Retirement of a Salesman
You know what they say about a good salesperson: Selling ice to Eskimos would be a piece of cake. Gene Cole would have them buying it like there’s no tomorrow.
Cole, associate dean of business and industry at Cowley and a major “salesman” for economic development in Cowley and Barton counties during his career, is retiring Oct. 31 after 11 1/2 years at the college. “I just think the timing is right,” said Cole, who started working for Cowley in July 1991. “I want to enjoy all of Cowley’s sports and be supportive, because I love sports.” Cole also loves people. It’s the relationships he’s cultivated through the years that have enhanced his ability to sell.
One of Cole’s first jobs was in sales. “I worked for Sheneman’s Meat Market in route sales and behind the counter,” said Cole, a 1955 graduate of Winfield High School. “Then one day they told me to go down to the kill floor. I saw an animal get hit right between the eyes, with tears rolling down its face, and I turned around and hung up my apron. I wasn’t going to do that any more.”
That experience also exposed Cole’s sensitive side, another characteristic that has aided him throughout his career. Nor did it hurt his personal life. Cole married his high school sweetheart, Donella French, in 1957. They have four children—Denise, Lisa, Diane, and Mike—and eight grandchildren.
In 1962, after jobs with Jarvis Auto in Winfield and Jap Hurst Ford in Augusta as service manager, parts manager and sales manager, Cole and his wife moved to Great Bend with their two young daughters. Gene worked for three car dealerships before quite possibly discovering what he does best: Promote. From 1967 to 1976, Cole worked for the Great Bend Economic Development Commission, and had a major hand in bringing 1,500 jobs to the community in Fuller Brush, Ruskin Manufacturing, American Trailer, and the expansion of several existing industries.
It was during that time when he met Dr. Patrick J. McAtee, current Cowley president, who was working for Barton County Community College. “He (McAtee) was an instructor when I first met him,” Cole said. The Coles were active in the community while raising four young children. In 1972, Gene received the Young American Award from the Business and Professional Women’s Association. A year later, he was the recipient of the Distinguished Service Award from the Great Bend Jaycees, and the Greater Great Bend Award from the Golden Belt Kiwanis Club.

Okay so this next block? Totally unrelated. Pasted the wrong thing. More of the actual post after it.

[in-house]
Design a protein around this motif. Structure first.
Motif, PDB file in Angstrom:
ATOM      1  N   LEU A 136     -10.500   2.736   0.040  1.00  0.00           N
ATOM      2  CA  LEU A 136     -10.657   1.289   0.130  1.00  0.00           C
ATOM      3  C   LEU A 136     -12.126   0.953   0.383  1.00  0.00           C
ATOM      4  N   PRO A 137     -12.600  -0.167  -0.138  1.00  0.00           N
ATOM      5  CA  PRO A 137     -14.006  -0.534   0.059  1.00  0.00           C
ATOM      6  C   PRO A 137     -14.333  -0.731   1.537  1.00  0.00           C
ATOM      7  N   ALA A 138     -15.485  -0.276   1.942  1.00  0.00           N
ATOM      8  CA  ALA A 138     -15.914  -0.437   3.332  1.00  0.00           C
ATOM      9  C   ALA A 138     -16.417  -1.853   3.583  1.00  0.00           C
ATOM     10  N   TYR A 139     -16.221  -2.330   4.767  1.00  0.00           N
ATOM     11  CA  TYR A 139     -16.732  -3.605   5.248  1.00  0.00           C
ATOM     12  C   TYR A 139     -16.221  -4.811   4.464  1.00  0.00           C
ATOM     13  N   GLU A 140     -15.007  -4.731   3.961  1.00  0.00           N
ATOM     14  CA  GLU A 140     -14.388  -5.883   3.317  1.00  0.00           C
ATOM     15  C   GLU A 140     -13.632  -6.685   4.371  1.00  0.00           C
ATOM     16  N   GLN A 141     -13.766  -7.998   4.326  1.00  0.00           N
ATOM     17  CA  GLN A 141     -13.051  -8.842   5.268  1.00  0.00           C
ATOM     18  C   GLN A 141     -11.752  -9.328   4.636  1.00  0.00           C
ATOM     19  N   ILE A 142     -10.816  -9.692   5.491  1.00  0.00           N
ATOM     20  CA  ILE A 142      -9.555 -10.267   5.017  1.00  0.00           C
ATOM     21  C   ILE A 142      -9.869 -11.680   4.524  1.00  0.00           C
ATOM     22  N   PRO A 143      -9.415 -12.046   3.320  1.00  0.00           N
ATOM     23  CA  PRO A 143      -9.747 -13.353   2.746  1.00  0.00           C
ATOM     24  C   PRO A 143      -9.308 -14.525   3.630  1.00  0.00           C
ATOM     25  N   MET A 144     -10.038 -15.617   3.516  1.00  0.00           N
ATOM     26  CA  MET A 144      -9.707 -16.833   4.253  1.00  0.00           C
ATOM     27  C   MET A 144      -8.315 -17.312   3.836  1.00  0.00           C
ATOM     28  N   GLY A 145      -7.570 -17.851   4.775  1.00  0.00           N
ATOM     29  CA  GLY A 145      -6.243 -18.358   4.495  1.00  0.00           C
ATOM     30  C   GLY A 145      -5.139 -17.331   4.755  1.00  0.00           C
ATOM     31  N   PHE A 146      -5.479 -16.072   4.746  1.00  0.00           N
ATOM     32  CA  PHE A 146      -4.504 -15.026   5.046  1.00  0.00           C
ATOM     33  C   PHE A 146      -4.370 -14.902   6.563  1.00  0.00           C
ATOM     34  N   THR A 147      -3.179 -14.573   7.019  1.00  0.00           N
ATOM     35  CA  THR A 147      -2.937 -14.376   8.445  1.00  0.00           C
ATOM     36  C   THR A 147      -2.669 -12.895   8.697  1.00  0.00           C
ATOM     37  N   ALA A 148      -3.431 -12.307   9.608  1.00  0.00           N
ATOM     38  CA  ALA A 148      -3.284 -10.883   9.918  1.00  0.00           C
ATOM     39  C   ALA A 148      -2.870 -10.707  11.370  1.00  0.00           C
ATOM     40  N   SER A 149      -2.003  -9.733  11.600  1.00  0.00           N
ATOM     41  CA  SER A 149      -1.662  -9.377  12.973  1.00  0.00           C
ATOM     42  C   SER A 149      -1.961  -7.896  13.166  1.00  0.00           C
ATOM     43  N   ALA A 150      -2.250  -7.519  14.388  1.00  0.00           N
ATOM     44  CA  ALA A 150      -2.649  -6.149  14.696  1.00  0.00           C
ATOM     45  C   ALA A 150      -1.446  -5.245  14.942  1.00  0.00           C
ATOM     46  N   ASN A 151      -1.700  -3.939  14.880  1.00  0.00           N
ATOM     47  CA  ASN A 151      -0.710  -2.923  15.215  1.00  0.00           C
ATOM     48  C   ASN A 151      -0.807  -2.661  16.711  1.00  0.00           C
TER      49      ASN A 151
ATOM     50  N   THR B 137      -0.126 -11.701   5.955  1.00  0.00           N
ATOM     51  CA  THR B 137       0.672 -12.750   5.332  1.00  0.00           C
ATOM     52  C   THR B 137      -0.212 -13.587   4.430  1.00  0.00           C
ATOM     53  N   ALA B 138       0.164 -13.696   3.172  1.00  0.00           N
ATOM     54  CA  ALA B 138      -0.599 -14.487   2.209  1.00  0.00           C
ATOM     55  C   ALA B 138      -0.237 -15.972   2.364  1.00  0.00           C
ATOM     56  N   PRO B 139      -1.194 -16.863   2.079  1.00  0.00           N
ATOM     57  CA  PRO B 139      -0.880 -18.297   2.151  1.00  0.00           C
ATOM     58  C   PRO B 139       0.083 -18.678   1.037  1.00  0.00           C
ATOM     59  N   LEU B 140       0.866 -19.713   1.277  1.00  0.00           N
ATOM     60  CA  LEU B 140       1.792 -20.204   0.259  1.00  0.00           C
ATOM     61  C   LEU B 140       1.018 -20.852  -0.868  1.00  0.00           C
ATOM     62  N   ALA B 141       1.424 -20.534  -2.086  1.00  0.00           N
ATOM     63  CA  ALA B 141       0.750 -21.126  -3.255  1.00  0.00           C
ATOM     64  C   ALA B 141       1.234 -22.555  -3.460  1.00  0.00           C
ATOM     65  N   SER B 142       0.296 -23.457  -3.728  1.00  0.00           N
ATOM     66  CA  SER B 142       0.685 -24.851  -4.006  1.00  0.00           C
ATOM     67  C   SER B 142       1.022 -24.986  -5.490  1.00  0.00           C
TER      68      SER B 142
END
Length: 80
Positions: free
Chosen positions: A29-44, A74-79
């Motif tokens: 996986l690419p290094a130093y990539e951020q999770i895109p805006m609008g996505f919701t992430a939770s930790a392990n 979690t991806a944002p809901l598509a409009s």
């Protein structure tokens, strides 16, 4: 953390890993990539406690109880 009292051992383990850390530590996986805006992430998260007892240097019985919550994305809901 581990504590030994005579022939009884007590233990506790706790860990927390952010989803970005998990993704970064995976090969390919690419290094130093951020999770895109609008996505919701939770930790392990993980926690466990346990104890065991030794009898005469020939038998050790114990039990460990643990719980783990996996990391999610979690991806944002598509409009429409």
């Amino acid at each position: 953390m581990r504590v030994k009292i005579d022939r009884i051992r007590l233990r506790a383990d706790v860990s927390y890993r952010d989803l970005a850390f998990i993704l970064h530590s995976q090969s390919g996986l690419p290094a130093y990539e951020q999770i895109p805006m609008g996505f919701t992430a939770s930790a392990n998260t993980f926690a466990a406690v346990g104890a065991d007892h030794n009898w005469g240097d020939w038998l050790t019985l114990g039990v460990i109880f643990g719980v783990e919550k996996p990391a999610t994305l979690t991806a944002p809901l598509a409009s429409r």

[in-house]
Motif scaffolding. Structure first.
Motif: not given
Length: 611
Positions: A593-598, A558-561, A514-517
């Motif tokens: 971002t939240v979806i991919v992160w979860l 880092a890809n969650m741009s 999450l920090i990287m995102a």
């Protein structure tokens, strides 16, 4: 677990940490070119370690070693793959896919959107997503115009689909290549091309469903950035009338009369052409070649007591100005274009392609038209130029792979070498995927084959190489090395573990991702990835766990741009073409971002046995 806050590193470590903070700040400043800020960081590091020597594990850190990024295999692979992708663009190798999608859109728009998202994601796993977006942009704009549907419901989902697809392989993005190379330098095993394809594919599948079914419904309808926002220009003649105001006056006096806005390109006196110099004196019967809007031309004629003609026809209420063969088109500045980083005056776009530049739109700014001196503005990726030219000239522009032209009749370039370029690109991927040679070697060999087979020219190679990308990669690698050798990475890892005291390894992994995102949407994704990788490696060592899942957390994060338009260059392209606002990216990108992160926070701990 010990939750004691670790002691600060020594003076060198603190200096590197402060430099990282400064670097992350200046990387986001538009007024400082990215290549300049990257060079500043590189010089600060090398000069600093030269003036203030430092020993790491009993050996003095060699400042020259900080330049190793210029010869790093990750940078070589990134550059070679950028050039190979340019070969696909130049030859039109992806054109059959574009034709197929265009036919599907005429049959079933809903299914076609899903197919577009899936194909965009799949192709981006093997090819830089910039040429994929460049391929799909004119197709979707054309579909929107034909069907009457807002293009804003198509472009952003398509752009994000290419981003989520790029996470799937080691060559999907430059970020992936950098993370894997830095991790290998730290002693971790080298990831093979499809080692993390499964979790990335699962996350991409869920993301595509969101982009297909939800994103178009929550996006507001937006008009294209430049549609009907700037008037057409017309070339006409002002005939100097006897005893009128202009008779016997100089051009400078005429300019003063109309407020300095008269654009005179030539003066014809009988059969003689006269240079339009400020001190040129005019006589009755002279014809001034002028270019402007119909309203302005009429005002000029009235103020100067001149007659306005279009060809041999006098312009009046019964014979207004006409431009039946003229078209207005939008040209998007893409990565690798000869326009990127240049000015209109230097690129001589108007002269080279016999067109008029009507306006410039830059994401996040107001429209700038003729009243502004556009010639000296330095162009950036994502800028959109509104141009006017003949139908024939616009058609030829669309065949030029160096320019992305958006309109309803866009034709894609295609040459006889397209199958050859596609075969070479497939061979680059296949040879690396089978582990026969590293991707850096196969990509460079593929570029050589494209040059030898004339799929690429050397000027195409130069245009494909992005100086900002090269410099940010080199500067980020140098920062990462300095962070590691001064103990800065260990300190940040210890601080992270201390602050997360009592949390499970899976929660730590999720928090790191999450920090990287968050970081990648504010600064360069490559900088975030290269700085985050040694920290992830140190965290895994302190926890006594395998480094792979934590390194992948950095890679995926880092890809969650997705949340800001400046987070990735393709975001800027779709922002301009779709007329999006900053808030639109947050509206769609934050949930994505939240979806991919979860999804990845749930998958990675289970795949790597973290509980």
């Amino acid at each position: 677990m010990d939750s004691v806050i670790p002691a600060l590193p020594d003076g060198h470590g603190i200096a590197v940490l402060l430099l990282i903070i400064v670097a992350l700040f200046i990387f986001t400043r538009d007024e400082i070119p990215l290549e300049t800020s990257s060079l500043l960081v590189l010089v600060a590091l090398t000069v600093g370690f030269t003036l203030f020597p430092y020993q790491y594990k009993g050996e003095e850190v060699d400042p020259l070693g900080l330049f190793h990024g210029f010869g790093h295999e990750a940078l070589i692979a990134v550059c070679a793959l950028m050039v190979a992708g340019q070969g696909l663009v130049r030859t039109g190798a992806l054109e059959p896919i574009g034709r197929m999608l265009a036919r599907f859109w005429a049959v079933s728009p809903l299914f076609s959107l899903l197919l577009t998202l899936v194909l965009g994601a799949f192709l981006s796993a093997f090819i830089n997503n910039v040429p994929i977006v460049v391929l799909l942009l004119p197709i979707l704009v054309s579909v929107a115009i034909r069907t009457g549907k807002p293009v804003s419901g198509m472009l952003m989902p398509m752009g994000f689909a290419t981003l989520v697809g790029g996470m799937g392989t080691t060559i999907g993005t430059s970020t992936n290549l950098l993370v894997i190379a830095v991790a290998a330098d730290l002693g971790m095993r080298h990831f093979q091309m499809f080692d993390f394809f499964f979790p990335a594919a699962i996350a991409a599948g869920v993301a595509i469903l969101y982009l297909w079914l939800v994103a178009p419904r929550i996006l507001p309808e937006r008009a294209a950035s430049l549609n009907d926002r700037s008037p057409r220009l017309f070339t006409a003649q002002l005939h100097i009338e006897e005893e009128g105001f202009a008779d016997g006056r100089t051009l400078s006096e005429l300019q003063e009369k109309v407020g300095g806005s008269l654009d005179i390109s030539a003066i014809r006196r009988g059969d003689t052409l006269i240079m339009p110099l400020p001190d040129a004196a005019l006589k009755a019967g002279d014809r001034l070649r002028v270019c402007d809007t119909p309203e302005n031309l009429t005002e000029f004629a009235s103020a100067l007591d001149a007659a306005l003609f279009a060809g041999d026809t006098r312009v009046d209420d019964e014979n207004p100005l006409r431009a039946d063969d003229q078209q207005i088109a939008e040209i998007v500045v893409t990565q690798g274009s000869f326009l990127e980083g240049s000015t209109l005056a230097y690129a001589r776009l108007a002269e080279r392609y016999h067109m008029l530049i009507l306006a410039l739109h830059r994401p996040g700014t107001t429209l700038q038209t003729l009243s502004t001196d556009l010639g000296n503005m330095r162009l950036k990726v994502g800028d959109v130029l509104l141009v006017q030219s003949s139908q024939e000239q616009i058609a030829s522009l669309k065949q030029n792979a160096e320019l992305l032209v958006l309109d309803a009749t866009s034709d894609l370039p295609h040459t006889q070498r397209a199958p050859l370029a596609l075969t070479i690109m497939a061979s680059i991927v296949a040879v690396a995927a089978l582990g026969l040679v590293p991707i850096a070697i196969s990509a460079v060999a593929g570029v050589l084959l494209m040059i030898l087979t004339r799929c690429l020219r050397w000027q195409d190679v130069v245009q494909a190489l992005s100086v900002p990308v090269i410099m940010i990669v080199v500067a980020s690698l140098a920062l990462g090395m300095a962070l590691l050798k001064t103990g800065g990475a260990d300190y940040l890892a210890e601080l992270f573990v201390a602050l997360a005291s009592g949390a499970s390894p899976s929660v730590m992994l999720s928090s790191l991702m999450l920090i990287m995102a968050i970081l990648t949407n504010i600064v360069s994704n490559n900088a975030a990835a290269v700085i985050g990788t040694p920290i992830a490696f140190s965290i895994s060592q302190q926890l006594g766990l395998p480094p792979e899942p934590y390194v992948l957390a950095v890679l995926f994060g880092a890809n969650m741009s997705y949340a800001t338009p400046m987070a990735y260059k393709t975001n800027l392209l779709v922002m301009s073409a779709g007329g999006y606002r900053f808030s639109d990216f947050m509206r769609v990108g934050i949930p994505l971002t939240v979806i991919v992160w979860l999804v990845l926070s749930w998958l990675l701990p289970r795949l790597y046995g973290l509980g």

Following his nine-year tenure at the commission, Cole partnered with Jim McCullough of Manhattan and developed Southwind Properties, a 115-acre housing development in Great Bend. The venture was successful until high interest rates of the late 1970s and early 1980s hit. “I had an old-timer tell me once that you leave when you’re winning, not when someone tells you to,” Cole said.
Cole soon got out of the housing development business and went to work for Great Plains Equipment in Great Bend. He was sales manager in charge of the company’s five stores in Kansas. John Deere was the company’s primary line of equipment. “I covered the whole state,” Cole said. Murphy Tractor eventually purchased Great Plains, and the company wanted Cole to move to its Wichita office. He said thanks, but no thanks.
In 1984, he hooked up with McAtee and former Barton County President Dr. Jimmie Downing, and Cole became Barton’s director of business and industry. Cole seemed to be a natural fit, given his relationships in the past. After McAtee became president of Cowley in July 1987, Cole left Barton five months later to become sales manager for a company that sold medical sterilizers. Four years later, he was reunited with his old friend. “I was traveling through Ark City one day and stopped at Wendy’s and there sat Pat and (former Cowley men’s basketball coach) Ron Murphree,” Cole recalls. “Pat said what are you doing and I said not much. He said why don’t you come to work for me.” And Cole did, but not when he had planned.